PRO­DUC­TION

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Next up was the Pro­duc­tion cat­e­gory car; James Or­ton’s race-win­ning Peu­geot 106 GTI from 2015. The car was bought as a pro­ject some years ago, but re­al­is­ing that it only had one owner from new af­ter buy­ing it, Or­ton put it on the road for his wife to use. He then con­verted it into a race car later.

I used to race a Peu­geot 205 my­self in Stock Hatch, a car renowned for be­ing tail-happy. I was ex­pect­ing the same from this Peu­geot with sim­i­lar sus­pen­sion, but it was quite the op­po­site. Or­ton has spent time work­ing on the set-up of his car, and to his credit it han­dled well.

The Peu­geot 106 was re­ally sta­ble, both un­der brak­ing and in the cor­ners, es­pe­cially on the fast Tar­mac first cor­ner, which tight­ens al­most to a hair­pin. This type of cor­ner is prime ter­ri­tory for a fron­twheel-drive car to step out of line, but the 106 was well planted. The brakes were very pos­i­tive too. Or­ton uses off-the-shelf mo­tor fac­tor discs and pads, but they were very ef­fec­tive at slow­ing the car.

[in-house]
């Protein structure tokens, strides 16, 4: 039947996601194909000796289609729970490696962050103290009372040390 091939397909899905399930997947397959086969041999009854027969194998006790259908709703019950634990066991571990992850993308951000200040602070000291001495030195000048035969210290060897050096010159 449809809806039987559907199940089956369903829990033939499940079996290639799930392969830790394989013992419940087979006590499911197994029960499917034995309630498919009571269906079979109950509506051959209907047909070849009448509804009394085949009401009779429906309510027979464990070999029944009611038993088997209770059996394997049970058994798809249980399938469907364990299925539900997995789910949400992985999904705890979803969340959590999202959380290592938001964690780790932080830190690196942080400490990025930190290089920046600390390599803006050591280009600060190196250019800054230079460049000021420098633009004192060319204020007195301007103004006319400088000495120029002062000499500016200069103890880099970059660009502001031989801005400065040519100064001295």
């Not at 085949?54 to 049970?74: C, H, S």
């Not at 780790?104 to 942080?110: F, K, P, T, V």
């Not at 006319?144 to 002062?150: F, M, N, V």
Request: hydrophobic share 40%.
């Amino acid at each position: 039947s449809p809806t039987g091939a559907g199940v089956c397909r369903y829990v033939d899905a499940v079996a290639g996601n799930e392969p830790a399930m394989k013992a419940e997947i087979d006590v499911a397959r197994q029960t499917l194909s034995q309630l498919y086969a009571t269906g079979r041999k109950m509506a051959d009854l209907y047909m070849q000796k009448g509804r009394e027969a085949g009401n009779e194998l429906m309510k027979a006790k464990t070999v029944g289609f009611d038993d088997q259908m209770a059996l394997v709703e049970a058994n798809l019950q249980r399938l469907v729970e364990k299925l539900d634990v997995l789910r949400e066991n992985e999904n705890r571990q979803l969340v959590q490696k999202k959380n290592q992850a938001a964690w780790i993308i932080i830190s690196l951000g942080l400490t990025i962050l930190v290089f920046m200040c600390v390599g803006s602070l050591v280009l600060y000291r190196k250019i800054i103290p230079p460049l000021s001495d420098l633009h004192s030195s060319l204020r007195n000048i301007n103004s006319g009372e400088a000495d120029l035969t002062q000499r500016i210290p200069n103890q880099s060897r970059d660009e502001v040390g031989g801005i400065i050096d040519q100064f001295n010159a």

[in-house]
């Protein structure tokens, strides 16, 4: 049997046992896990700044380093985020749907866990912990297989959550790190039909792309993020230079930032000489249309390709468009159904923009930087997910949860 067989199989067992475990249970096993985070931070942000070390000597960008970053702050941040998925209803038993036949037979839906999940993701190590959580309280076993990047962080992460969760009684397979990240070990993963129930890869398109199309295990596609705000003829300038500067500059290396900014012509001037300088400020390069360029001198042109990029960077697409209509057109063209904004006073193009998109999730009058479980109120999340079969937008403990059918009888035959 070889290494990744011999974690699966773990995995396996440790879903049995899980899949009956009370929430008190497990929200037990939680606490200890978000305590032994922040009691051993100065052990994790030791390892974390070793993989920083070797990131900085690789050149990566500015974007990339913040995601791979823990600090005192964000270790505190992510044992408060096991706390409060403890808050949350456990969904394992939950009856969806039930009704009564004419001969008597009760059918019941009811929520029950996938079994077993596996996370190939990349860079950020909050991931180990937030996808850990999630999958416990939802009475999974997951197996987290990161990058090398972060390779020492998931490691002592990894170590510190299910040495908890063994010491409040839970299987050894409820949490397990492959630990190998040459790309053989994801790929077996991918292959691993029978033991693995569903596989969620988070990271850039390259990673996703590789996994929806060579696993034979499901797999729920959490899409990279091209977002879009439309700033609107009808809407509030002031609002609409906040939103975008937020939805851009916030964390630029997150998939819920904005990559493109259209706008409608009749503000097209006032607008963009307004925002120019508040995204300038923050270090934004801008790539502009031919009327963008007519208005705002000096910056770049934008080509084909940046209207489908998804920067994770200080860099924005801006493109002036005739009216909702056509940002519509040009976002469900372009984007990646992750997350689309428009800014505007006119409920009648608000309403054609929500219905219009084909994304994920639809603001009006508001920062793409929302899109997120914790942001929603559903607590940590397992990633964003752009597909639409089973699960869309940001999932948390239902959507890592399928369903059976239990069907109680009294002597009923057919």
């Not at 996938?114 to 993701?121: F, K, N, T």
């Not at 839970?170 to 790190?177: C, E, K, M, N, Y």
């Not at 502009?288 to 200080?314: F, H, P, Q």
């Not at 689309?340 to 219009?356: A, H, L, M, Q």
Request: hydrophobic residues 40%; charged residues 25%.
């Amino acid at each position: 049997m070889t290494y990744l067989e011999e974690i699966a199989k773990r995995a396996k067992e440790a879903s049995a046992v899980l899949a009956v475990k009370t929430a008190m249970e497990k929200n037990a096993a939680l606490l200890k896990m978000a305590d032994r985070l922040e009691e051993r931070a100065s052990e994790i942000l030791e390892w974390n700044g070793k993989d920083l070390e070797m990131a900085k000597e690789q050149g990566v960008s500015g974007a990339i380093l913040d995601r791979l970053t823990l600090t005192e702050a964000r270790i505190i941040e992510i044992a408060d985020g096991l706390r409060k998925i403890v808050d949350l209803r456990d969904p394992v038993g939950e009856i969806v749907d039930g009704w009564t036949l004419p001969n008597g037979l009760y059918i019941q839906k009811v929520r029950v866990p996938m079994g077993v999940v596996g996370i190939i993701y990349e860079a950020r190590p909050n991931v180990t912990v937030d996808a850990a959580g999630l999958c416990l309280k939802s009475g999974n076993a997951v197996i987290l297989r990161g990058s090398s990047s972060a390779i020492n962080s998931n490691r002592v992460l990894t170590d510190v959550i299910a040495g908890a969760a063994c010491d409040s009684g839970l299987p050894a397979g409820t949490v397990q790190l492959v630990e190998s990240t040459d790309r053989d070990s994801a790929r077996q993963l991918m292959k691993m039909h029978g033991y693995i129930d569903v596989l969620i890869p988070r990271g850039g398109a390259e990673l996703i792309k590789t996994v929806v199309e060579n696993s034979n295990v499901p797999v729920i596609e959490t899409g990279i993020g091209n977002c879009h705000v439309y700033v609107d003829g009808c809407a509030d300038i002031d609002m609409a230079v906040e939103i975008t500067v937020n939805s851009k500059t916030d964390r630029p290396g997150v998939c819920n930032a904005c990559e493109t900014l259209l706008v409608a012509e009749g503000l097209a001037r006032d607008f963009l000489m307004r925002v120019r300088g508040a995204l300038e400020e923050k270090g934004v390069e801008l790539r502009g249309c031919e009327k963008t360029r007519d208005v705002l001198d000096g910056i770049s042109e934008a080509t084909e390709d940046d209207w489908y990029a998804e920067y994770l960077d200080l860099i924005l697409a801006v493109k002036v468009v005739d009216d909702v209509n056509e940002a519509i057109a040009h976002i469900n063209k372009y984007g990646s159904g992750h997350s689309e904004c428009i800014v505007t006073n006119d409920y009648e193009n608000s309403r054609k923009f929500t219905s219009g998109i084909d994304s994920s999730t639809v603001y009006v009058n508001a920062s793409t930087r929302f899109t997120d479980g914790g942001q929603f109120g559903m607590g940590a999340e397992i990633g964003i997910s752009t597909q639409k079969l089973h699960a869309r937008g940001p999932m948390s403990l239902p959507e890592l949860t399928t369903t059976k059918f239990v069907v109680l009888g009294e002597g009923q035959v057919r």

As with the Im­preza, the 106 in­spired con­fi­dence to en­ter the long loose cor­ner flat on the throt­tle and, with a small tug on the hand­brake, it was will­ing to ro­tate around the fol­low­ing hair­pin nicely. What was no­tice­able was the stan­dard dif­fer­en­tial with the front-wheel-drive car. In the 90de­gree Tar­mac cor­ners, the front in­side wheel would spin up, but as all cars are the same in the cat­e­gory that makes lit­tle dif­fer­ence.

Pro­duc­tion essentials

Three sub-classes make up the Pro­duc­tion cat­e­gory; up to 1600cc 8v, up to 1600cc 16v and 1601cc to 2000cc. All cars race to­gether. On top of the safety re­quire­ments (rollcage, bucket seat, poly­car­bon­ate win­dows etc.), lim­ited mod­i­fi­ca­tions are al­lowed, such as up­graded sus­pen­sion and air fil­ter.

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